New Star-Studded Pagan Podcast Launches: In a final note, I just wanted to point out the launch of a new Pagan podcast, the Pagan Pathfinders Podcast. The show features an ever-shifting panel of notable Pagans, with Canadian Witch Sable Aradia acting as the host.

“Picture, if you will, a virtual campfire in the astral plane, and around this campfire, a heartbeat drum calls to the elders and leaders of the worldwide Pagan community. They are organizers, facilitators, authors, musicians, scholars, artists, advocates, and community-builders. They practice almost every conceivable Pagan faith and span time zones from the Pacific Coast of North America to New South Wales, Australia. Some of them are famous, some not-so-famous, and some only famous in their own communities. But wherever they are, whoever they are, they are those who find the paths for the rest of us.”

You can download the first episode, featuring Lord Alexian, Hawk, Ellen Evert Hopman, Edain McCoy, Nisaba Merrieweather, Brendan Myers, Myranda O’Byrne, Ali Ravenwood, Natalie Reed, and Sam Wagar now. I wish them good luck!

That’s all I have for now, have a great day!

Pagan Community Notes is a companion to my usual Pagan News of Note, a series more focused on news originating from within the Pagan community. I want to reinforce the idea that what happens to and within our organizations, groups, and events is news, and news-worthy. My hope is that more individuals, especially those working within Pagan organizations, get into the habit of sharing their news with the world. So lets get started!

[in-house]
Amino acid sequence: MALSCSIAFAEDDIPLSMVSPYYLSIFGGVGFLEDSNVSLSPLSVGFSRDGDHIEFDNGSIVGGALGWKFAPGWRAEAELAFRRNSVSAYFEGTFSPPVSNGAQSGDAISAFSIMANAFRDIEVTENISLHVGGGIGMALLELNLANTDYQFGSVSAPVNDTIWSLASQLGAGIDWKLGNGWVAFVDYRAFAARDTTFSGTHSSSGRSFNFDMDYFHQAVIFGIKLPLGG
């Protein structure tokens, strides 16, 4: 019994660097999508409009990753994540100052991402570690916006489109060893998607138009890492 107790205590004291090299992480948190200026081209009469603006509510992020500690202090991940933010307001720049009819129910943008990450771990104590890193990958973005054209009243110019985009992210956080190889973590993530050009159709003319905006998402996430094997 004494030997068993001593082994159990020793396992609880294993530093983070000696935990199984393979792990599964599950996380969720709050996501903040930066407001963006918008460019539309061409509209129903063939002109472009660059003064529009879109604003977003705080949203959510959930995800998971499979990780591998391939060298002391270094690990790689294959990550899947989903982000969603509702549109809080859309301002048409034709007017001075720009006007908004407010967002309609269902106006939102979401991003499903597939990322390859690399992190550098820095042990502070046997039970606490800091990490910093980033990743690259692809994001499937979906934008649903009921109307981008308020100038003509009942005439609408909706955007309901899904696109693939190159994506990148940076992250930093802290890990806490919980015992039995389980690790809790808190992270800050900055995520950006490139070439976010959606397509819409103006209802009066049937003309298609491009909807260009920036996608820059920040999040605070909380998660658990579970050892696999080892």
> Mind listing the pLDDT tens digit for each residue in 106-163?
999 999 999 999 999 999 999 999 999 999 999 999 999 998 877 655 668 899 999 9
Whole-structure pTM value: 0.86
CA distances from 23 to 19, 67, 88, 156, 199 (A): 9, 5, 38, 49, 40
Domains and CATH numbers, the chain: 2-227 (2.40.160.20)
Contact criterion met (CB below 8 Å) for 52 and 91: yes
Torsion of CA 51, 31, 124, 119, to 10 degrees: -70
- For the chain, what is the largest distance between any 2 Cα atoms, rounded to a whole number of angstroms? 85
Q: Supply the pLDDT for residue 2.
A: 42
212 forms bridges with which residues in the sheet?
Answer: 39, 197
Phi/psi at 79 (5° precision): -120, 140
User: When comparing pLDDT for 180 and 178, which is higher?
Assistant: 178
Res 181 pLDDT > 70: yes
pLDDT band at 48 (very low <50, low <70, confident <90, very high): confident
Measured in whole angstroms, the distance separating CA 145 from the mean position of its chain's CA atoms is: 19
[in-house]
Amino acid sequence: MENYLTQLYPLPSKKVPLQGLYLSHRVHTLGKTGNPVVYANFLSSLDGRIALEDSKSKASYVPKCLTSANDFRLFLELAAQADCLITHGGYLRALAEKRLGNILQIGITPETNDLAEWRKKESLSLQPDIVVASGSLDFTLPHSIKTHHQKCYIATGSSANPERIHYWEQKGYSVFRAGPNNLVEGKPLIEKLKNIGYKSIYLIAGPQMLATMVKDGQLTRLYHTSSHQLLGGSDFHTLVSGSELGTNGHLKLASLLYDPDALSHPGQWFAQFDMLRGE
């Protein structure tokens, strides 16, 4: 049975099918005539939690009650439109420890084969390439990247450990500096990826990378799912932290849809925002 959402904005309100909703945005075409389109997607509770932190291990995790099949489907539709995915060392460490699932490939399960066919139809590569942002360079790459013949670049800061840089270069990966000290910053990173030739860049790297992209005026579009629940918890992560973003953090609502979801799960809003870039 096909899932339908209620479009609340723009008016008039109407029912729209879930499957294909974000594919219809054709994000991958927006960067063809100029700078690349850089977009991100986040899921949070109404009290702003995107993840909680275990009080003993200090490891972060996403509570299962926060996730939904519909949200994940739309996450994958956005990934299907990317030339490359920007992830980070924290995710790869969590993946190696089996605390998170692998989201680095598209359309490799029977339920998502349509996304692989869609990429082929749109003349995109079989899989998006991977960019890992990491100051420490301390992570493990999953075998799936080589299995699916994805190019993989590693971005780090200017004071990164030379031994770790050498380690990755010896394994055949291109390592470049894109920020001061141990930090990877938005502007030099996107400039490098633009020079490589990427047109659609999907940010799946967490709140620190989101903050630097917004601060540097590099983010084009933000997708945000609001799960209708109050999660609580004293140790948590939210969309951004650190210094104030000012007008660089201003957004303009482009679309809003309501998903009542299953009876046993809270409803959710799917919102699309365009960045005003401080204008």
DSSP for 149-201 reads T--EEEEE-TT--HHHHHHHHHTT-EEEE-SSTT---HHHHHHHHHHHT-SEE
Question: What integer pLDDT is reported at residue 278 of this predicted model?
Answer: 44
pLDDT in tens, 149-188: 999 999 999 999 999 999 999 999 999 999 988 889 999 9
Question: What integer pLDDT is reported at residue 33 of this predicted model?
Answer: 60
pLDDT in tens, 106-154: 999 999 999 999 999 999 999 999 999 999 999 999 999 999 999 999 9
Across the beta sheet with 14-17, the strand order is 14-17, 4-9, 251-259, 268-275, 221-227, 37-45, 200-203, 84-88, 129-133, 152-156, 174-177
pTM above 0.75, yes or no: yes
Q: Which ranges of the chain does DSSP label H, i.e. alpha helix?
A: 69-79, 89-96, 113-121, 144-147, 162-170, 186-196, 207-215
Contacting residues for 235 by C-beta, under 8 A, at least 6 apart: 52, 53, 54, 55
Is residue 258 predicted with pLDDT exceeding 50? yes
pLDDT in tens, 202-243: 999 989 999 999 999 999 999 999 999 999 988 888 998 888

New Alexandrian Library Project Prepares to Break Ground: Yesterday in Georgetown, Delaware, building materials were unloaded for a dome kit that will form the New Alexandrian Library’s home. Overseen by the Assembly of the Sacred Wheel, the NAL project hopes to create a library worthy of its namesake” focused on esoteric knowledge, mystical and the spiritual writings from many traditions, and thehistory of our magickal communities.”

Unloading building materials for The New Alexandrian Library.

“Today was a momentous step forwards towards the New Alexandrian Library Project breaking ground. By forklift and by hand, twelve dedicated volunteers unloaded a huge truck laden with building materials. The barn is full to the rafters and the field has several tall and tarped bundles. The trees have been marked for clearing in the woods where the library will stand and the general contractor will soon be taking over the bulk of the physical work. This dome is the first of a long term plan of five domes that will make up the New Alexandrian Library.”

A fundraising event connected to the official ground breaking ceremonies will be announced soon. In the meantime, an urgent appeal has been sent out to supporters to cover the cost of renting the forklift. If you’d like to donate to NAL, you can find contact information, here. You can also follow NAL’s progress at their Facebook page.